Blogging isn't dead. At least, Ben Bernanke, former chairman of the Federal Reserve, doesn't think so: He's now blogging at the Brookings Institution. In his first post, he says he wants to write about this fascinating chart, which shows the steady decline in interest rates over the past 30 years or so.
The question of why interest rates keep falling is an important one these days. Former Treasury Secretary Larry Summers has argued that declining real rates are a symptom of secular stagnation, meaning the global economy just isn't what it used to be, for some reason, and might never recover its old strength. Here's what Summers told Wonkblog about his theory, and here's a response from Western Kentucky University's David Beckworth, who disagrees with him.
It would be great to see Bernanke engage this secular stagnation debate. Although Larry Summers never directly responded to me, he did reply to Marc Andreessen's tweetstorm where my critique was raised. The crux of my argument was that the long-decline in real interest rates given as evidence of secular stagnation ignores the sustained decline in risk premiums. Once this phenomenon is recognized, there is no long decline in real interest rates.
Larry Summers replied to my critique with the following:
Markets – in the form of 30-year indexed bonds – are now predicting that real rates well below 2 percent will prevail for more than a generation... I think it is quite plausible and consistent with Marc’s picture that equilibrium real rates were roughly constant at around 2 percent until the mid-1990s and have trended downward since that time.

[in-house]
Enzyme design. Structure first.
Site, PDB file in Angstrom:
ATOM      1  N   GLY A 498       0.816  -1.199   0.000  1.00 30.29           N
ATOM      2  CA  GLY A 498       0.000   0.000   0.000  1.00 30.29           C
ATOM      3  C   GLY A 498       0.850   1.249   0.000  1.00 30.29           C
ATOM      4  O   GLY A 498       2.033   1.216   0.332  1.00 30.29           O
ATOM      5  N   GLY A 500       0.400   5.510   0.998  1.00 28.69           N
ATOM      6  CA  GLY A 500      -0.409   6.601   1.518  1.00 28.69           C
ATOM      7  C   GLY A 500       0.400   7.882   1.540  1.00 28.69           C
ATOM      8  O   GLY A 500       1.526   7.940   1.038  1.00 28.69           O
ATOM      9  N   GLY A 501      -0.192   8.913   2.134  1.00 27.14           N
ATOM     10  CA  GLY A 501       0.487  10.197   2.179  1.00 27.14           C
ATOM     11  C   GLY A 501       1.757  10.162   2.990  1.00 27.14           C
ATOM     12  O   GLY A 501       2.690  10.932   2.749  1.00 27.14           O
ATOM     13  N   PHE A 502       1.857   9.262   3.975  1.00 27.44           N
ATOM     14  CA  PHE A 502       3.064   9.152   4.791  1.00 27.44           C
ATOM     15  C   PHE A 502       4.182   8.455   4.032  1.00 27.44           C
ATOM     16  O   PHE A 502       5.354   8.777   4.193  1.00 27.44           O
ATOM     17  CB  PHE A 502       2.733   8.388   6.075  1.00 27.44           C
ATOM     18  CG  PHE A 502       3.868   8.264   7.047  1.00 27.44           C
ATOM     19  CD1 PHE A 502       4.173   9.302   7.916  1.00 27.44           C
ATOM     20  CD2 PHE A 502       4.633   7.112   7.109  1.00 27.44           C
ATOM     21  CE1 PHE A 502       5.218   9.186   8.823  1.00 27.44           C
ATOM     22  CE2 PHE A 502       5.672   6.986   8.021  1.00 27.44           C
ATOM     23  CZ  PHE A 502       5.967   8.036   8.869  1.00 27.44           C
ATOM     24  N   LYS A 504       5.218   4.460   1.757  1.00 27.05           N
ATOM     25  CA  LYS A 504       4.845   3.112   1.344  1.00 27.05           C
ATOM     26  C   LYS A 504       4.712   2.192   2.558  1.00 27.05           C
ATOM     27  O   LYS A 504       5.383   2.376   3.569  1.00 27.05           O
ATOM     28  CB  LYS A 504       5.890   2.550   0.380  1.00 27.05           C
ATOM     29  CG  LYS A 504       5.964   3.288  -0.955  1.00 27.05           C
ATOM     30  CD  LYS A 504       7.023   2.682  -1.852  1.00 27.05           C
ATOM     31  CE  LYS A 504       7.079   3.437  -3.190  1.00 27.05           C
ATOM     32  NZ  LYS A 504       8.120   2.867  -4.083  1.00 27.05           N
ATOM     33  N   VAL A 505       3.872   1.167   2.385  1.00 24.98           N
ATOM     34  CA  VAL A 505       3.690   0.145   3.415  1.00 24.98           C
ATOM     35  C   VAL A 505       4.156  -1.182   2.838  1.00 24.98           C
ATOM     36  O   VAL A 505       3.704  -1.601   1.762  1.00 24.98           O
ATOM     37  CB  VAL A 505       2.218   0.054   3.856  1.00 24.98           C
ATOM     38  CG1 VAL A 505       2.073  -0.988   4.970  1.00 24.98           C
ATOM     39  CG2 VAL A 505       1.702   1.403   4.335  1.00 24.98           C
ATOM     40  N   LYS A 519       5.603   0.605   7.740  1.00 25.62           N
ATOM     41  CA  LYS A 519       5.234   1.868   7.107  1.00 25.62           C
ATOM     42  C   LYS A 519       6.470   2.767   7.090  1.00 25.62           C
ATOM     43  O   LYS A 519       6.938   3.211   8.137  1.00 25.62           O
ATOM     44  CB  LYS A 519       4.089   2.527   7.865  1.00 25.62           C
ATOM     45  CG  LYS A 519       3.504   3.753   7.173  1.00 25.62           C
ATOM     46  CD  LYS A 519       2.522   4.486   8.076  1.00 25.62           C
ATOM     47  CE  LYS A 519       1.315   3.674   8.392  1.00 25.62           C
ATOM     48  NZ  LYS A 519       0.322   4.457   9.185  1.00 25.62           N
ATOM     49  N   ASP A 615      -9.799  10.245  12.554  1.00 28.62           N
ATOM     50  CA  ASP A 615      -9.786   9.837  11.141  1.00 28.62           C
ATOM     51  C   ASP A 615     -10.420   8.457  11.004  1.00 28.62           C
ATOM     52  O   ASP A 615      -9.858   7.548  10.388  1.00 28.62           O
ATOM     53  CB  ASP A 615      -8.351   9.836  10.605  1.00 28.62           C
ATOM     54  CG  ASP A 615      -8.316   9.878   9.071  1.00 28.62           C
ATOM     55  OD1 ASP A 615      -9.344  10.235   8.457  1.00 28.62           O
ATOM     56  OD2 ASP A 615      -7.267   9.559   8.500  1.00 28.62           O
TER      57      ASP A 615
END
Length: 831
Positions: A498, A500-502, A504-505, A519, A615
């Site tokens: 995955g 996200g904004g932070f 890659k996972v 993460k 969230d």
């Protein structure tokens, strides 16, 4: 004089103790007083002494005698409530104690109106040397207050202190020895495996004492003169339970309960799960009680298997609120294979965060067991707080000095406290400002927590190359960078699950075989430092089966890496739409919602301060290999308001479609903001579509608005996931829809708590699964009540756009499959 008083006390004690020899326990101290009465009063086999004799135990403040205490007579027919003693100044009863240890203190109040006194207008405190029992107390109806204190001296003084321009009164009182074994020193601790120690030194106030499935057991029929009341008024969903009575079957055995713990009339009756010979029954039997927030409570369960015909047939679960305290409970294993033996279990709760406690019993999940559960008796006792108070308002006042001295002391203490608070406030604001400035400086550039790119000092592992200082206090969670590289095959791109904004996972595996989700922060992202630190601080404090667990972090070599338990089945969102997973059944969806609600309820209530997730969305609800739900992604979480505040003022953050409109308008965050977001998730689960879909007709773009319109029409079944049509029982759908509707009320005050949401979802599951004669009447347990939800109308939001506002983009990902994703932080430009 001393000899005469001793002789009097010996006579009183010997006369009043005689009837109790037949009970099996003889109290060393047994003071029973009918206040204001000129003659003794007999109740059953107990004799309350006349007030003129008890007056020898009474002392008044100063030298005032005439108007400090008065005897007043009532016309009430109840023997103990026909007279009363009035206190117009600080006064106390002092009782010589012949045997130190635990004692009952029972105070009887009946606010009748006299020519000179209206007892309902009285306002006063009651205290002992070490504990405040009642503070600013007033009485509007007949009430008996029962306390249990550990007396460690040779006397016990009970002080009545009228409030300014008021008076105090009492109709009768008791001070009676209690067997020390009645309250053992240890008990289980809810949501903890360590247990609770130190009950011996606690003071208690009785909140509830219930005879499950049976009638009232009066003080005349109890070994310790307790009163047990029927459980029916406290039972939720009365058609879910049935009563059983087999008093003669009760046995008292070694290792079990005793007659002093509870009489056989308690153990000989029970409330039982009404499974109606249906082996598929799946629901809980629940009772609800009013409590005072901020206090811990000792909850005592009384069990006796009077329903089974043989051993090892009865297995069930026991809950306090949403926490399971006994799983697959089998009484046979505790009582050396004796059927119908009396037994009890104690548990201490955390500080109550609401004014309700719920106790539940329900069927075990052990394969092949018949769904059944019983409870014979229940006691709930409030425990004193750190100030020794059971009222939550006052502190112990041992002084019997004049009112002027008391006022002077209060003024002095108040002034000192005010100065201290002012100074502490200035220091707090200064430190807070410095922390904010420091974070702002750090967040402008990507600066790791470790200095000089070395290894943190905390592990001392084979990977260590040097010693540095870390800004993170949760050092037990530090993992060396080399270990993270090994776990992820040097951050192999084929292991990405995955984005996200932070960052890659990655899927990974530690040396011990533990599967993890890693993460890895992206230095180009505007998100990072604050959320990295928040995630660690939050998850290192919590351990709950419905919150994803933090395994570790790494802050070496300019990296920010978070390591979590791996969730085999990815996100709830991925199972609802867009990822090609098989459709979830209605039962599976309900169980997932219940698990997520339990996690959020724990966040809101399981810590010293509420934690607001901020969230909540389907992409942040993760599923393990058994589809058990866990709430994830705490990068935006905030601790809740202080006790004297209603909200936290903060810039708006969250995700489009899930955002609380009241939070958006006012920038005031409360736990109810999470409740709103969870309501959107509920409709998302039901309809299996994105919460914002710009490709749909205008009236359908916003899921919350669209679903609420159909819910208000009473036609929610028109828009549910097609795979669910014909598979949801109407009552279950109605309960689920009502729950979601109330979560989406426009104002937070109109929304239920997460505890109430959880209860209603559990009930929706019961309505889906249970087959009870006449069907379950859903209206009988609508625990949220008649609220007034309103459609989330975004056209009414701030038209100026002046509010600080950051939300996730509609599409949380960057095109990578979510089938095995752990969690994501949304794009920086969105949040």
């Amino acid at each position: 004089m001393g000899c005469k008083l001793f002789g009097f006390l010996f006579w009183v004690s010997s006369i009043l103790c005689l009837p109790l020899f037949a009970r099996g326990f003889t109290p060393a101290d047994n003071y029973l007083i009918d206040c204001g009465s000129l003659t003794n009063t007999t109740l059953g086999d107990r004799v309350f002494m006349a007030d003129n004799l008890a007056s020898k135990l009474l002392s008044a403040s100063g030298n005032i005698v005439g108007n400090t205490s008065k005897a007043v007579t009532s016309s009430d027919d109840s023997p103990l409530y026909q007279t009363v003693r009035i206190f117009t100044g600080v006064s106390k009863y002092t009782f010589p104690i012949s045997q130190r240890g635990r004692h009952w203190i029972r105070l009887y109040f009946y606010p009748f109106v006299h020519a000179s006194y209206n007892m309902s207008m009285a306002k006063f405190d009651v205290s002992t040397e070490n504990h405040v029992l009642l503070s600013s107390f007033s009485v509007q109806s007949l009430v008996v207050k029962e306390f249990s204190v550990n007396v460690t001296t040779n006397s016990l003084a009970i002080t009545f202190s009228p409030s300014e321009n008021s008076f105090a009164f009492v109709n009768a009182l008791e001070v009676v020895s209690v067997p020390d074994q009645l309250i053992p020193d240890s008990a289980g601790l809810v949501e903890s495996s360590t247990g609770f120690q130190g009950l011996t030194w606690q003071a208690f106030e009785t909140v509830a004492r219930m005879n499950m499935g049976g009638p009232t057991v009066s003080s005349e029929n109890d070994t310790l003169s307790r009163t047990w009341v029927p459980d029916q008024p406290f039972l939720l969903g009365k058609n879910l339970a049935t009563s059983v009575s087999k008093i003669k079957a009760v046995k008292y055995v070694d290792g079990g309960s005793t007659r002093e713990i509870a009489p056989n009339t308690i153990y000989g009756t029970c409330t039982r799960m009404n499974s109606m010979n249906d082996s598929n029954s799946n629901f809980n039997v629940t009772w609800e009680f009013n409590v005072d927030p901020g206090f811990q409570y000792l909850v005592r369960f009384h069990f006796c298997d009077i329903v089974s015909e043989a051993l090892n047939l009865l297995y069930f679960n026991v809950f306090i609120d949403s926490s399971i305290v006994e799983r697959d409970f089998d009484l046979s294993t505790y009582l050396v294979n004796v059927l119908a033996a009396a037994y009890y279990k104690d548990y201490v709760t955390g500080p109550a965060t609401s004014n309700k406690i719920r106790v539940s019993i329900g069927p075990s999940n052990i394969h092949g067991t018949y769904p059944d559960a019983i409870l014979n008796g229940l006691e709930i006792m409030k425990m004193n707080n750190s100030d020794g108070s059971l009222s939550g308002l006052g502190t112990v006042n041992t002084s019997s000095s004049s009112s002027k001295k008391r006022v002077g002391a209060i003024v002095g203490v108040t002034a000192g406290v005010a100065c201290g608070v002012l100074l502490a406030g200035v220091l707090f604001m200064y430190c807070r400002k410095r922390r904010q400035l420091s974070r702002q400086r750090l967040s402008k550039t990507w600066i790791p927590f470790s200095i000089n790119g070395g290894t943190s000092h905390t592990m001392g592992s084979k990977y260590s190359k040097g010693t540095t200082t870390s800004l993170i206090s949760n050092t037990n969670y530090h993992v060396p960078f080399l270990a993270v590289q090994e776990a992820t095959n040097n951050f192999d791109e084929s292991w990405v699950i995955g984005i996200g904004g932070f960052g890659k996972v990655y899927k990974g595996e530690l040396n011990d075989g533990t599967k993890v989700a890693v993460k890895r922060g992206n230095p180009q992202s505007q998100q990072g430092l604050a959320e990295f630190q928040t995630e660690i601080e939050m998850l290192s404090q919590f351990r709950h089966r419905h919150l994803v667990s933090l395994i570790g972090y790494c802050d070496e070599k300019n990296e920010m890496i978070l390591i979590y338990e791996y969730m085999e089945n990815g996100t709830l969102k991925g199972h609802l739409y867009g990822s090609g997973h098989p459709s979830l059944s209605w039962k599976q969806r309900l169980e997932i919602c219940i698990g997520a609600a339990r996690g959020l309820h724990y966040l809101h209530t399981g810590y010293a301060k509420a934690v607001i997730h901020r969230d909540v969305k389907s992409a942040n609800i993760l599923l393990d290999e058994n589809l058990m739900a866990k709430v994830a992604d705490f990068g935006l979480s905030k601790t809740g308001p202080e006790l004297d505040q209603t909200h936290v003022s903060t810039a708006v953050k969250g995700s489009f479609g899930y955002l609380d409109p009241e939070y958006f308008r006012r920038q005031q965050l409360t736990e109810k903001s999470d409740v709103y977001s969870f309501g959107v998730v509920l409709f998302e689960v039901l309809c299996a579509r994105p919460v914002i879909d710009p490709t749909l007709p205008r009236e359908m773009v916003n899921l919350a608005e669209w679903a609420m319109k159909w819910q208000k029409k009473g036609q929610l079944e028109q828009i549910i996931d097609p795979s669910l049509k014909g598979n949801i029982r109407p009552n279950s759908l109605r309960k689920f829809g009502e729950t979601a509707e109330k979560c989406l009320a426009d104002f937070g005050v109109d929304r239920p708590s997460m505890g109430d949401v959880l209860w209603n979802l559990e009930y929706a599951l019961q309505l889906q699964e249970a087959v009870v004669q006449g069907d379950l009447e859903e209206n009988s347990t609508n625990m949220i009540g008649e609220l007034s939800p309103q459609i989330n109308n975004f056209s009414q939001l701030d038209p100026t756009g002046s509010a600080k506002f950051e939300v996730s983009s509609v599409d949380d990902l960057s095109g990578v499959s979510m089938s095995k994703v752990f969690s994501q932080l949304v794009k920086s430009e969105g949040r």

Looking to inflation indexed bonds or TIPs as a guide to the market's prediction of real rates is also misleading. It too fails to account for a liquidity premium priced into TIPs. On his second point, below is an updated version of the picture to which Larry Summers says he sees a downward trend since mid-1990s. Note that the real interest rate is now turning sharply up whereas before it was still flat. The real interest appears poised to return to its previous trend.
That the real interest rate appears to be returning to its previous trend--rather than finding a new lower one as suggested by Summers--makes sense if we plot this interest rate against the CBO's output gap. This is done in the figure below and reveals a striking fit. It also suggests the real culprit behind the sustained low rates is a prolonged business cycle. Now that the economy finally appears to be on a path to full recovery, the output gap is closing and the real interest rate is following it. So much for the smoking gun of secular stagnation.
I really hope Ben Bernanke joins this conversation. He had a great speech back in March 2013 that hinted at some of these topics. Welcome to the blogosphere Ben!